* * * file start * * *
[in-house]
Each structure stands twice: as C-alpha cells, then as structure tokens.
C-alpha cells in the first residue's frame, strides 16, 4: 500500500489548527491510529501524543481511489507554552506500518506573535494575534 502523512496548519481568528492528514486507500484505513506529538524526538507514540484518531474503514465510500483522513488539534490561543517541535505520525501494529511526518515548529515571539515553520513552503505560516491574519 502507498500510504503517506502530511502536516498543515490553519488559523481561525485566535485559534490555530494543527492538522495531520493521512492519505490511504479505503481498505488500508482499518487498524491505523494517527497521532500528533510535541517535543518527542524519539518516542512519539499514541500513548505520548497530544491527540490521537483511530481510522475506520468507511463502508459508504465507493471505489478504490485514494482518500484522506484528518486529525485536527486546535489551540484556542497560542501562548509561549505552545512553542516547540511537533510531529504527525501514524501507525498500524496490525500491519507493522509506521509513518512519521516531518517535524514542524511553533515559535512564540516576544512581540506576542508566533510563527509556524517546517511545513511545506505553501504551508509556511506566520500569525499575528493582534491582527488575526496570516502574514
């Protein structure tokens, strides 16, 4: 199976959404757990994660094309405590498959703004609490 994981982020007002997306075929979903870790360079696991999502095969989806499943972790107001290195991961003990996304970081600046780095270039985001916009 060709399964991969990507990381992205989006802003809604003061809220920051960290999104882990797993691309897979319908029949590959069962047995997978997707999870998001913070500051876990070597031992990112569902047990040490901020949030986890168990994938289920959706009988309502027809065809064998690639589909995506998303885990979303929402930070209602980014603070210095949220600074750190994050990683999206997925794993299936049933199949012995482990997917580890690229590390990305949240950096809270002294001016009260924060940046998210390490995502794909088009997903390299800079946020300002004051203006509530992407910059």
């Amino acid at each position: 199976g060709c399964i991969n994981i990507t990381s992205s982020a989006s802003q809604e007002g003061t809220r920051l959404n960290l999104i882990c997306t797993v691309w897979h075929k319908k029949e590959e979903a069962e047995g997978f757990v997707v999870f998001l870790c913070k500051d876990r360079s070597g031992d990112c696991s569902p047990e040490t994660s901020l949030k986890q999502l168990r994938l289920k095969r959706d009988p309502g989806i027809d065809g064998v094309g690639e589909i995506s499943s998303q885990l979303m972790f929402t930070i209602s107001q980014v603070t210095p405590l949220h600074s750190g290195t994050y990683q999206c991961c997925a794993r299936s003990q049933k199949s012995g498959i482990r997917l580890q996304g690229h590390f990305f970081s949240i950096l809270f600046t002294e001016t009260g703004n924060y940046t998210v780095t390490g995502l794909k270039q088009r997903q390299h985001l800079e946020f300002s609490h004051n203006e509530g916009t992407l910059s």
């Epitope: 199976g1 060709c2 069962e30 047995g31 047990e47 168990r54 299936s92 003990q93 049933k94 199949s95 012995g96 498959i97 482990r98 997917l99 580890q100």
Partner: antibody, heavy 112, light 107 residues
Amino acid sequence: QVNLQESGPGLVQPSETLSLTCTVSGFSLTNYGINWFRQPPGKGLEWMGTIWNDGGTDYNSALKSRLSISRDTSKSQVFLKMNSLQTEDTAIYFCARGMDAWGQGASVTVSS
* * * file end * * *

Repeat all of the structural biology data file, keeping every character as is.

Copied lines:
[in-house]
Each structure stands twice: as C-alpha cells, then as structure tokens.
C-alpha cells in the first residue's frame, strides 16, 4: 500500500489548527491510529501524543481511489507554552506500518506573535494575534 502523512496548519481568528492528514486507500484505513506529538524526538507514540484518531474503514465510500483522513488539534490561543517541535505520525501494529511526518515548529515571539515553520513552503505560516491574519 502507498500510504503517506502530511502536516498543515490553519488559523481561525485566535485559534490555530494543527492538522495531520493521512492519505490511504479505503481498505488500508482499518487498524491505523494517527497521532500528533510535541517535543518527542524519539518516542512519539499514541500513548505520548497530544491527540490521537483511530481510522475506520468507511463502508459508504465507493471505489478504490485514494482518500484522506484528518486529525485536527486546535489551540484556542497560542501562548509561549505552545512553542516547540511537533510531529504527525501514524501507525498500524496490525500491519507493522509506521509513518512519521516531518517535524514542524511553533515559535512564540516576544512581540506576542508566533510563527509556524517546517511545513511545506505553501504551508509556511506566520500569525499575528493582534491582527488575526496570516502574514
């Protein structure tokens, strides 16, 4: 199976959404757990994660094309405590498959703004609490 994981982020007002997306075929979903870790360079696991999502095969989806499943972790107001290195991961003990996304970081600046780095270039985001916009 060709399964991969990507990381992205989006802003809604003061809220920051960290999104882990797993691309897979319908029949590959069962047995997978997707999870998001913070500051876990070597031992990112569902047990040490901020949030986890168990994938289920959706009988309502027809065809064998690639589909995506998303885990979303929402930070209602980014603070210095949220600074750190994050990683999206997925794993299936049933199949012995482990997917580890690229590390990305949240950096809270002294001016009260924060940046998210390490995502794909088009997903390299800079946020300002004051203006509530992407910059």
């Amino acid at each position: 199976g060709c399964i991969n994981i990507t990381s992205s982020a989006s802003q809604e007002g003061t809220r920051l959404n960290l999104i882990c997306t797993v691309w897979h075929k319908k029949e590959e979903a069962e047995g997978f757990v997707v999870f998001l870790c913070k500051d876990r360079s070597g031992d990112c696991s569902p047990e040490t994660s901020l949030k986890q999502l168990r994938l289920k095969r959706d009988p309502g989806i027809d065809g064998v094309g690639e589909i995506s499943s998303q885990l979303m972790f929402t930070i209602s107001q980014v603070t210095p405590l949220h600074s750190g290195t994050y990683q999206c991961c997925a794993r299936s003990q049933k199949s012995g498959i482990r997917l580890q996304g690229h590390f990305f970081s949240i950096l809270f600046t002294e001016t009260g703004n924060y940046t998210v780095t390490g995502l794909k270039q088009r997903q390299h985001l800079e946020f300002s609490h004051n203006e509530g916009t992407l910059s």
């Epitope: 199976g1 060709c2 069962e30 047995g31 047990e47 168990r54 299936s92 003990q93 049933k94 199949s95 012995g96 498959i97 482990r98 997917l99 580890q100």
Partner: antibody, heavy 112, light 107 residues
Amino acid sequence: QVNLQESGPGLVQPSETLSLTCTVSGFSLTNYGINWFRQPPGKGLEWMGTIWNDGGTDYNSALKSRLSISRDTSKSQVFLKMNSLQTEDTAIYFCARGMDAWGQGASVTVSS